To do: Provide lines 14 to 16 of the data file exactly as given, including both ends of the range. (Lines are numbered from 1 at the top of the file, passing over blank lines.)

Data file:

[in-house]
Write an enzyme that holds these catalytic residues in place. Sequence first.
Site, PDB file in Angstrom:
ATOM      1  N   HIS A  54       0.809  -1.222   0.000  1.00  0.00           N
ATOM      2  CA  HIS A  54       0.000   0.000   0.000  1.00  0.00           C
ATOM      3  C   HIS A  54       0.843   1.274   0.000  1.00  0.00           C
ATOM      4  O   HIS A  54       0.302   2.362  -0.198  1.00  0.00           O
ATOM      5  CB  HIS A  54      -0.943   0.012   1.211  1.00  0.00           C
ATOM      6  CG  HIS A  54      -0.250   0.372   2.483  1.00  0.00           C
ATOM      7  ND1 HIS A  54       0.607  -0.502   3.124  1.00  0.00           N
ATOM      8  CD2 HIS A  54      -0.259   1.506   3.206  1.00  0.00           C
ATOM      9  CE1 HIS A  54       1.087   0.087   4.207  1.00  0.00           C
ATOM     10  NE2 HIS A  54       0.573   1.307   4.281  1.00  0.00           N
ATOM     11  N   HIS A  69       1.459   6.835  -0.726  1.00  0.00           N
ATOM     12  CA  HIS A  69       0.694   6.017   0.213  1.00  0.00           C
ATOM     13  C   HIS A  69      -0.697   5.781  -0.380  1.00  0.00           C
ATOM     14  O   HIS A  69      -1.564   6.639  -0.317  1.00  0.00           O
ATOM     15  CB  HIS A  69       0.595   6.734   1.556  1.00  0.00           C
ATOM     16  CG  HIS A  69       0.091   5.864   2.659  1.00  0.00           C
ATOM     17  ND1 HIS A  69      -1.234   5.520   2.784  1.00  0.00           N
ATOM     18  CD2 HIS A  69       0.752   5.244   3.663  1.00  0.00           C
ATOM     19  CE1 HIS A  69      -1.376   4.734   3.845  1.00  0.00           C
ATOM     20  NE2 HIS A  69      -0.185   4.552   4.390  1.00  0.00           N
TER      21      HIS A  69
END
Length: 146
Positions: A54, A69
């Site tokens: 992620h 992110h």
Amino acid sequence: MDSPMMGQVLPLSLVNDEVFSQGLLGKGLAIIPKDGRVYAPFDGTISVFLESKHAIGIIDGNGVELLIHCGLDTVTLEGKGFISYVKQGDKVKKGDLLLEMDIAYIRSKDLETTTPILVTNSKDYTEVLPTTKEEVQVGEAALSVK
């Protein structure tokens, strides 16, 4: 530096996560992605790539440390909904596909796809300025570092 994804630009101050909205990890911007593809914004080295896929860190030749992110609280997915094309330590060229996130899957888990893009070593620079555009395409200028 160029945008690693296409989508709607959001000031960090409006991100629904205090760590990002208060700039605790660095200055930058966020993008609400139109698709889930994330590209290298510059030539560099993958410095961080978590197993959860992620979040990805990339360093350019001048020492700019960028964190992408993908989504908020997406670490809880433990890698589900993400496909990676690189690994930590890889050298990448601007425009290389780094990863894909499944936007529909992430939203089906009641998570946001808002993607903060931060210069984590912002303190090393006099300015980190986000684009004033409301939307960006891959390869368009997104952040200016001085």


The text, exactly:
ATOM     11  N   HIS A  69       1.459   6.835  -0.726  1.00  0.00           N
ATOM     12  CA  HIS A  69       0.694   6.017   0.213  1.00  0.00           C
ATOM     13  C   HIS A  69      -0.697   5.781  -0.380  1.00  0.00           C